The U.S. Navy held a keel laying and authentication ceremony for the future USS Minneapolis-Saint Paul (LCS 21) in Marinette, Feb. 22.
The initials of the ship’s sponsor, Jodi Greene, were welded onto a keel plate that will be permanently affixed to the ship. While the keel laying has traditionally represented the formal start of a ship’s construction, advanced modular shipbuilding allows fabrication of the ship to begin months in advance. Today, the keel laying continues to symbolically recognize the joining of the ship’s components and the ceremonial beginning of the ship.
“The Twin Cities of Minneapolis and Saint Paul have a strong bond with the Navy. This littoral combat ship (LCS) will be the second ship to bear the cities’ name and will reaffirm that bond,” said Capt. Mike Taylor, LCS program manager. “We are honored to lay the keel of a ship which will protect our freedom and keep us safe as our Sailors operate her on the world’s seas.”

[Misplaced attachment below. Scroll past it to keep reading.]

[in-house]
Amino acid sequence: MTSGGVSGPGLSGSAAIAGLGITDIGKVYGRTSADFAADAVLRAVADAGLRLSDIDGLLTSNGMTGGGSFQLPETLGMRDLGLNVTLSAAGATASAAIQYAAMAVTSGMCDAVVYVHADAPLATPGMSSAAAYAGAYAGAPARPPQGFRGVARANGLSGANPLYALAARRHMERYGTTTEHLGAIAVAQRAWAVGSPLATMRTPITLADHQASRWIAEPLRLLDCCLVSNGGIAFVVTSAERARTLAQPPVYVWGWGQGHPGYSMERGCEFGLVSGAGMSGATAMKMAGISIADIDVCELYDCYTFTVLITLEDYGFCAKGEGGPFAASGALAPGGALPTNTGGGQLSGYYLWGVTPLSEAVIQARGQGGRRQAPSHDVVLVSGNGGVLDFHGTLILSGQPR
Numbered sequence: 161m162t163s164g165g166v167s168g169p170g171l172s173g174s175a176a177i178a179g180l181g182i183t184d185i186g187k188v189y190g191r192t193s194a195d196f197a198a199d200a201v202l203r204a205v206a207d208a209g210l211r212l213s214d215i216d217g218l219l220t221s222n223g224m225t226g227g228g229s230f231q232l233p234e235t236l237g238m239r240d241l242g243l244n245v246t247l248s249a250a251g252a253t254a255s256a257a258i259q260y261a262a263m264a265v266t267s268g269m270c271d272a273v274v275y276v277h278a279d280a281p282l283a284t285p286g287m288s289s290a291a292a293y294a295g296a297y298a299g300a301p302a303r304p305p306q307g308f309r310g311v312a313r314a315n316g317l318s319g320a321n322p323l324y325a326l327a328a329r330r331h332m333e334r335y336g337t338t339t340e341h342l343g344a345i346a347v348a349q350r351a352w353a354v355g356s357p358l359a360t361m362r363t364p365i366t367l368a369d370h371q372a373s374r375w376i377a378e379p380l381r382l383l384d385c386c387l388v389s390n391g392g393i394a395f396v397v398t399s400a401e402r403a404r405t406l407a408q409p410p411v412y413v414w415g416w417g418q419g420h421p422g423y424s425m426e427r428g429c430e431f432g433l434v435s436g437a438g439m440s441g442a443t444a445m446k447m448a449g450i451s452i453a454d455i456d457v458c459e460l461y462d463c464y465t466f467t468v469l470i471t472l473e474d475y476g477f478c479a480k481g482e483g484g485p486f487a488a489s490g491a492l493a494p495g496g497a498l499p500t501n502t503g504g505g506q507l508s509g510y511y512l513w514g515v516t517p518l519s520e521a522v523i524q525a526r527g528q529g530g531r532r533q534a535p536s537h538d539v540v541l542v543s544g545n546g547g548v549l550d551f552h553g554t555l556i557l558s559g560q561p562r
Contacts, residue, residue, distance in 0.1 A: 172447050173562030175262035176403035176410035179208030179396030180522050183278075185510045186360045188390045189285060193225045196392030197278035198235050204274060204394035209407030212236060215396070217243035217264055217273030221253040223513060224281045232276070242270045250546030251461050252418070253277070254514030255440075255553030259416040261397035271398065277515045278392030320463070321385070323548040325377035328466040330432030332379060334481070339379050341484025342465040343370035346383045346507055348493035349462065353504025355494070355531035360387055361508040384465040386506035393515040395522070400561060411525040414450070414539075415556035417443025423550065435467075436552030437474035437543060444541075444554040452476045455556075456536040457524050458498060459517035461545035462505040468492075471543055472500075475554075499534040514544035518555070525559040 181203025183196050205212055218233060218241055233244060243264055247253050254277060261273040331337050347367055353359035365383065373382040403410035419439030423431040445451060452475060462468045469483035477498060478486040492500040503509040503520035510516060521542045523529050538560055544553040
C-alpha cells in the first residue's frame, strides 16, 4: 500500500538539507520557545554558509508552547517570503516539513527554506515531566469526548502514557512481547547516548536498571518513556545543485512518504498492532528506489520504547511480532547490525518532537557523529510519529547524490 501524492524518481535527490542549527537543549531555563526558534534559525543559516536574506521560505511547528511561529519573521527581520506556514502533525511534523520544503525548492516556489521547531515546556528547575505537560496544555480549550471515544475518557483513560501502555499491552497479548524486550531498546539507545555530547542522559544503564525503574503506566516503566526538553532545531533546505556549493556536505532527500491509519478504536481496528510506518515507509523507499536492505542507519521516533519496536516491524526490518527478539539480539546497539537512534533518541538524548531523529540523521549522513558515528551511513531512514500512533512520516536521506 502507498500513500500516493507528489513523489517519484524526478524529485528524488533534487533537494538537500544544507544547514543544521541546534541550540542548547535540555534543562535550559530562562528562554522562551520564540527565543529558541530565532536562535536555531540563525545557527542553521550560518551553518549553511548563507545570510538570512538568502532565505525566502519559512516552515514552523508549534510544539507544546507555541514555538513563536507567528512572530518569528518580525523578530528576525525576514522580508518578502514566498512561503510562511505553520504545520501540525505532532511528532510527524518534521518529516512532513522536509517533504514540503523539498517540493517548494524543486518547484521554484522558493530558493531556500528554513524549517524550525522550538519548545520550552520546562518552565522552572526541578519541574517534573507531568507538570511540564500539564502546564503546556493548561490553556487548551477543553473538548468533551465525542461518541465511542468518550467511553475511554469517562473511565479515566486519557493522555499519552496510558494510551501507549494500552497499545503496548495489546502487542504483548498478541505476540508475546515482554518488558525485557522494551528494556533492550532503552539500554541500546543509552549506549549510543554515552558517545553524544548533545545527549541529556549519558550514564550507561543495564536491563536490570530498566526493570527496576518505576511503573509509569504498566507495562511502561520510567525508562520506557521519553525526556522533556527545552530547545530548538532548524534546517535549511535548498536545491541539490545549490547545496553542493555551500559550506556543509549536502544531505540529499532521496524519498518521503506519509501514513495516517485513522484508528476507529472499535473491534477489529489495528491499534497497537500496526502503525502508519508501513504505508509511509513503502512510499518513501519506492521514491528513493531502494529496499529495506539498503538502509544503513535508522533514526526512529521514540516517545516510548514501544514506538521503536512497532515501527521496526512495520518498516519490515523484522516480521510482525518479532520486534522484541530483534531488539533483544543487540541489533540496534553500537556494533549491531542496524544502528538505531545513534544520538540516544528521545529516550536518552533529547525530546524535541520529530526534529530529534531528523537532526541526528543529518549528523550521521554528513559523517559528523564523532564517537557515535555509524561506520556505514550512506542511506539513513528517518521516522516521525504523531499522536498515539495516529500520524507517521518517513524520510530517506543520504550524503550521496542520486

The ship is being built by an industry team led by Lockheed Martin at Fincantieri Marinette Marine Corporation in Marinette. The future USS Minneapolis-Saint Paul will be approximately 388 feet in length and have a width of nearly 58 feet.
LCS is a modular, reconfigurable ship designed to meet validated fleet requirements for surface warfare, anti-submarine warfare, and mine countermeasures missions in the littoral region. An interchangeable mission package is embarked on each LCS and provides the primary mission systems in one of these warfare areas. Using an open architecture design, modular weapons, sensor systems and a variety of manned and unmanned vehicles to gain, sustain and exploit littoral maritime supremacy, LCS provides U.S. joint forces access to critical theaters.
Program Executive Office Littoral Combat Ships is responsible for delivering and sustaining littoral mission capabilities to the fleet.
Photo from KLUK TV